Teaching Strategies

Classroom Management and Building Routines

In What Helps Students Learn? a thorough analysis was completed to determine factors that influenced student learning the most.1 This analysis developed a 28-category conceptual framework for factors that influenced learning. The study concluded that direct influences (e.g., teacher influence) had a greater impact than indirect (e.g., district policies) on learner outcomes. Various factors impacted student performance including home life, parental involvement and meta-cognition. However, the number one most influential predictor of student learning was classroom management.

 

“Early Attention to classroom management at the beginning of a school year is a critical ingredient of a well run classroom”2

 

Classroom Management is not only one of the most important predictors of a successful learning environment, but it is also one of the most challenging aspects of a teacher’s job. There are multiple strategies and resources available that assist with classroom management, including whole school and classroom interventions, disciplinary consequence handbooks, and Positive Behavioral Intervention Systems to name a few. In a meta-analysis of various classroom management strategies, 5 critical features of effective classroom management were identified.3

  1. Maximize Structure
  2. Post, Teach, Review, Monitor and Reinforce Expectations
  3. Actively Engage students in observable ways
  4. Use a continuum of strategies for responding to appropriate behaviors
  5. Use a continuum of strategies for responding to inappropriate behaviors

 

For the sake of ease and simplification- more details about the 5 critical features can be found in this infographic: click to view

new-piktochart (1)

 

For ideas and tips on how to maximize classroom structure take a look at these Classroom Design Video Tutorials:

 

In addition to classroom design, one of the most important aspects of classroom management is developing rules, procedures and routines. When routines are set in place that promote a cohesive classroom environment, many behavioral challenges can be avoided and instructional time can be heightened.

 

In Marzano and Marzono’s Classroom Management that works: Research Based Strategies for Every Teacher routines, rules and procedures in a classroom fall into 6 main categories:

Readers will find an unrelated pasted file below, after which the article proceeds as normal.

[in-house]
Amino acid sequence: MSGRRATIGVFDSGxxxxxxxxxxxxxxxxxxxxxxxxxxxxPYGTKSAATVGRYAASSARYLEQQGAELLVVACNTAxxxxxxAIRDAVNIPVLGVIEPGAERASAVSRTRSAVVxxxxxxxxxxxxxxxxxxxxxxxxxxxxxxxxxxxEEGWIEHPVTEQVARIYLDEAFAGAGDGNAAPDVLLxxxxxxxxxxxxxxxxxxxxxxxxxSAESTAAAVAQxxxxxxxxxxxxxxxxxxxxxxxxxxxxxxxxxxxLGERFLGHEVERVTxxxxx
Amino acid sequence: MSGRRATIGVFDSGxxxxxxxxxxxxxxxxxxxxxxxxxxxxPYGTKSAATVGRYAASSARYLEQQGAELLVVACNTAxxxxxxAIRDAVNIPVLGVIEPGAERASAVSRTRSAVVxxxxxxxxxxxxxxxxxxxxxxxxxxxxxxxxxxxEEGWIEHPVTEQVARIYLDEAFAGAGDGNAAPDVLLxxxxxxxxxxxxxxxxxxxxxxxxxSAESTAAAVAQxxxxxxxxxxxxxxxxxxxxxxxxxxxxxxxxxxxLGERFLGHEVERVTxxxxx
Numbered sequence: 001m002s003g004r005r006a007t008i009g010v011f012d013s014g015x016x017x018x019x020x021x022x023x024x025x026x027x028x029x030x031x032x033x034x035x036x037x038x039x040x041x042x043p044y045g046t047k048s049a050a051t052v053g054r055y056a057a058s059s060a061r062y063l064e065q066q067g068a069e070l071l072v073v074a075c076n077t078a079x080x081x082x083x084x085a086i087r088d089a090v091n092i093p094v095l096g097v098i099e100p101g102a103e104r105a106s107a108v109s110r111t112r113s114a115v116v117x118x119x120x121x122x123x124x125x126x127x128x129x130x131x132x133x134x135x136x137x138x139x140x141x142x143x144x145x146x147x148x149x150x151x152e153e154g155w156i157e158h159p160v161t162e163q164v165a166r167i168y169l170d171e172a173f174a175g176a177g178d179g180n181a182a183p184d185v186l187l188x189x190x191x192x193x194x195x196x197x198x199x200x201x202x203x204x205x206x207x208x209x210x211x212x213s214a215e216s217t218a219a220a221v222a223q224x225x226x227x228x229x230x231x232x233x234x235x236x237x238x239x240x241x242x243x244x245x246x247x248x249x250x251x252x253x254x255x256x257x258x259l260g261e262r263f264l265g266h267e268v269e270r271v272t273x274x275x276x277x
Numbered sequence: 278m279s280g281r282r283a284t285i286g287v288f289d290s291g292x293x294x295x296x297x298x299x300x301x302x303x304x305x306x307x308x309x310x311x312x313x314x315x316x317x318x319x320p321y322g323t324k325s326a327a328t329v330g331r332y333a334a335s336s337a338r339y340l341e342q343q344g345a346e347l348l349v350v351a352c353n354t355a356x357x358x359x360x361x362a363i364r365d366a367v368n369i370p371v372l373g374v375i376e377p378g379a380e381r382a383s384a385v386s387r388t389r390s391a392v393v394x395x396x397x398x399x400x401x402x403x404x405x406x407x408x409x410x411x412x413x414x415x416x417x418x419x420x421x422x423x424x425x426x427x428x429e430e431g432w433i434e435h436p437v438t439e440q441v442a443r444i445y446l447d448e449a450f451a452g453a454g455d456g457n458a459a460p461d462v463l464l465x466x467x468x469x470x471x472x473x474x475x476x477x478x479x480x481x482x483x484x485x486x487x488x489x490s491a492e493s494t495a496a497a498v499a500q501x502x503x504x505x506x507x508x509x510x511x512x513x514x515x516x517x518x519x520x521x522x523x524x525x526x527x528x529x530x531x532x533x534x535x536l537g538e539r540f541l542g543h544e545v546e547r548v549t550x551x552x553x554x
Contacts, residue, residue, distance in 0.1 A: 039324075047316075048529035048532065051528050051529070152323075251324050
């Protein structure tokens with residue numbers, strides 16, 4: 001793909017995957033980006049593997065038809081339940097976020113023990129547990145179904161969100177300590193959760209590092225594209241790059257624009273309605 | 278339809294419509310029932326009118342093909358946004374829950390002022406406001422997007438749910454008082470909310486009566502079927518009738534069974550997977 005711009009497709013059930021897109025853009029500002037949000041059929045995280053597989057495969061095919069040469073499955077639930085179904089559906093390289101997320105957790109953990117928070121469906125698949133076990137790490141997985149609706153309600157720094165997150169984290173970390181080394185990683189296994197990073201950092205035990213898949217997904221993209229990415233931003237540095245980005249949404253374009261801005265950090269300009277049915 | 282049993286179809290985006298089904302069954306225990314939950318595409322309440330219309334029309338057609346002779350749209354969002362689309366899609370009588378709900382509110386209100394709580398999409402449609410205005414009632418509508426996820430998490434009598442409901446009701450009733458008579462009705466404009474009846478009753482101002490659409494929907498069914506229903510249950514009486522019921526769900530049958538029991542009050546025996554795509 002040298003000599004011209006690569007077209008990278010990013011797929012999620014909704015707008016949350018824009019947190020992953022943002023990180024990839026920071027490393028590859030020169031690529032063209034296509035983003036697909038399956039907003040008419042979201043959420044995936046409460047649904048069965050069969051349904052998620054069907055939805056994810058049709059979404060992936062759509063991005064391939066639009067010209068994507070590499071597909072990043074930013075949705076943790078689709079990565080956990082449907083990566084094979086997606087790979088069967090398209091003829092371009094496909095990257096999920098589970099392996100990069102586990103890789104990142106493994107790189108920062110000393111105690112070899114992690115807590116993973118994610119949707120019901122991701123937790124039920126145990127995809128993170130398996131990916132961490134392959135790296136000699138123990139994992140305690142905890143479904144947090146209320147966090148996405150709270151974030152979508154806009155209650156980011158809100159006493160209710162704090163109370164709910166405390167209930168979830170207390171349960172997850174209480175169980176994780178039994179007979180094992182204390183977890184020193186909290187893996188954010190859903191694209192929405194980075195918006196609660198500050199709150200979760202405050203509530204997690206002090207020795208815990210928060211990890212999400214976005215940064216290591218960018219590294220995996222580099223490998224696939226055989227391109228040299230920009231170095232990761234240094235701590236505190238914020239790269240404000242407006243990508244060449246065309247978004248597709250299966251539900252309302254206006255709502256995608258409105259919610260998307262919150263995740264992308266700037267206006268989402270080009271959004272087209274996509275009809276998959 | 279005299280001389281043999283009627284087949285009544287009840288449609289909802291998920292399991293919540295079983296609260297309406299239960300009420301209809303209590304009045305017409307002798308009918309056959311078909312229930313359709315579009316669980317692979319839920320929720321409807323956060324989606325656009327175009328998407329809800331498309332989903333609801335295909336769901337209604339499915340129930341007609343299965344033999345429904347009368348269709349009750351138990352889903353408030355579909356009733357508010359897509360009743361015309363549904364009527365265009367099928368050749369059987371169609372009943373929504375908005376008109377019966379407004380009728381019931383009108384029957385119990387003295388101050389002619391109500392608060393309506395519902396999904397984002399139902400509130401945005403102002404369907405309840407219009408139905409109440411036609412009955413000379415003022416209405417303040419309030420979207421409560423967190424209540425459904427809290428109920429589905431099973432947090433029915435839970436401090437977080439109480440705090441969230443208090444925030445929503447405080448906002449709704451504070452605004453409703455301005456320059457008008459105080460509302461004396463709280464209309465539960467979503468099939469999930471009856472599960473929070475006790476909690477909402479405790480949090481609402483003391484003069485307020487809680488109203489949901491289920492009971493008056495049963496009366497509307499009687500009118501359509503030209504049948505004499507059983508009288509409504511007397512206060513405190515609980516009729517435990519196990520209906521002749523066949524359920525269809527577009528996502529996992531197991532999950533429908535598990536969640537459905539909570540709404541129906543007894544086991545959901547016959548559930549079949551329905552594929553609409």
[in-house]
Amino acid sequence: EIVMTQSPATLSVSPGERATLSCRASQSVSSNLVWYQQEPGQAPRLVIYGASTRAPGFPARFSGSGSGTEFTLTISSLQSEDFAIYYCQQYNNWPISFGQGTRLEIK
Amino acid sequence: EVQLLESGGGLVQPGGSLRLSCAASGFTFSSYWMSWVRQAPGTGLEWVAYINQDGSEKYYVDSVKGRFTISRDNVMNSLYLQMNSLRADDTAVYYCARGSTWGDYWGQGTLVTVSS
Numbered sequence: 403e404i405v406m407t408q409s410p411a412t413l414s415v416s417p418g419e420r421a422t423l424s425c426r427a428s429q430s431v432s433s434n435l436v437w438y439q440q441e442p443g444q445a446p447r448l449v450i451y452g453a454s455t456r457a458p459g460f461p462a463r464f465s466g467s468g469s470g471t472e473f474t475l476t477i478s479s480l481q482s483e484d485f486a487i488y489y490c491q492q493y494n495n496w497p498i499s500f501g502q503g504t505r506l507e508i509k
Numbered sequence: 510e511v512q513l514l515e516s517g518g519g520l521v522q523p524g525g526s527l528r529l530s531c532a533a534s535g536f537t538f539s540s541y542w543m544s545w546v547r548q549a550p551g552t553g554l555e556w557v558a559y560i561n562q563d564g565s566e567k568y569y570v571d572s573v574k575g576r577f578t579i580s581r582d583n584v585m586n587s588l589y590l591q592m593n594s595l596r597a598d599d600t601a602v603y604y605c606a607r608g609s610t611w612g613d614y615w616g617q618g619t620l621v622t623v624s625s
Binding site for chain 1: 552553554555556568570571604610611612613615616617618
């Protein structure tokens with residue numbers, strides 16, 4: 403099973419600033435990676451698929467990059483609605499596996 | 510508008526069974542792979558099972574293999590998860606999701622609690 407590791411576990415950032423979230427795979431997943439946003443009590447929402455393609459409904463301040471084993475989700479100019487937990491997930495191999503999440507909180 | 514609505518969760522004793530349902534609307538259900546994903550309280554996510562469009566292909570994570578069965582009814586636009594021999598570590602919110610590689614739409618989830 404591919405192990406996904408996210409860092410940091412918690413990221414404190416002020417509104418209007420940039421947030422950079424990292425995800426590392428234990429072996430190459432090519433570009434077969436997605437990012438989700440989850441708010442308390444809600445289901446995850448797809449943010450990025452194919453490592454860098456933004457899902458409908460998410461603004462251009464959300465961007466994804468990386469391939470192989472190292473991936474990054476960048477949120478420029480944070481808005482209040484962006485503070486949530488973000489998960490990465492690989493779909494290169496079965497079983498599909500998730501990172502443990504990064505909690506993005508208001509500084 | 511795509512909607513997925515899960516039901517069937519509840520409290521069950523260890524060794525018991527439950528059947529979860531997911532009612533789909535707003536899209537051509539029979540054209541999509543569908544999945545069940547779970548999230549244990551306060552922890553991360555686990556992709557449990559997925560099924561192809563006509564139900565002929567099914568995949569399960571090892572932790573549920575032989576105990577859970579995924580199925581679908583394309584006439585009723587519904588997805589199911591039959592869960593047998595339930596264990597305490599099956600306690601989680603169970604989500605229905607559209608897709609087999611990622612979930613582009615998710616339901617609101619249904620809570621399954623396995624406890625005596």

1. General Expectations for Behavior
  2. Beginning and End of day/period
  3. Transitions and Interruptions
  4. Materials and Equipment
  5. Group work
  6. Teacher led activities2 

 

Routines are the hidden gem of a strong classroom environment and any given moment can have several routines going at once without much consideration. The key is to develop productive routines and habits in order to create success in the classroom.  This checklist (pdf) indicates various routines that should be considered for each of the 6 main categories: routines

routine checklist

 

The list is just a general idea of areas/concerns that a teacher should develop routines for. Each classroom will implement their own routines, based on their personalities and style of teaching. For more ideas on examples of how to design and implement routines check out the following: 

 

Scholastic Teacher Routines and Procedures – slideshows and videos

Pinterest Pins of classroom routine ideas

 

When developing and reinforcing your classroom routines it’s important to use the following strategies:

  • Teach Expectations Directly: define and give examples
  • Actively Involve Students (matrix, beh. posters, role playing)
  • Provide Opportunities to practice rules following behavior in natural settings
  • Display Visual Prompts (posters, cue cards)
  • Use Pre-Correction Strategy (verbal reminders and behavioral rehearsal before activity)
  • Active Supervision (Move, Scan, Interact)
  • Reinforcement (provide reinforcers/rewards)
  • Catch errors, give corrective feedback

 

Overall, classroom management is the most important aspect of student success. However, it is not as simple as developing rules and implementing discipline. As the documents, infographics and links above show- classroom management is complex and requires planning and development of classroom structure, routines/expectations, engagement and planned responses to both appropriate and inappropriate behaviors. With time and practice, classroom management can become easier or more natural. Observing other teacher’s classrooms, discussing routines during professional development, and getting constructive feedback of your individual classroom management approaches can help develop these skills.

 

Do you have any other sources or tips to add? Please comment and share ideas!

 

Additional Resources you may be interested in using:

 

 

For more ideas on routines, rules and classroom management see my next post :

First Weeks of School

 

 

 

 

 

 

Work Cited

1 http://files.eric.ed.gov/fulltext/ED461694.pdf

Classroom Management that works: Research Based Strategies for Every Teacher by Marzano and Marzano

Evidence -based Practices in Classroom Management: considerations for Research to Practice : http://dropoutprevention.org/wp-content/uploads/2015/07/SolutionsFeb2011_Simonsen_Fairbanks_Briesch_Myers_Sugai_2008.pdf

 

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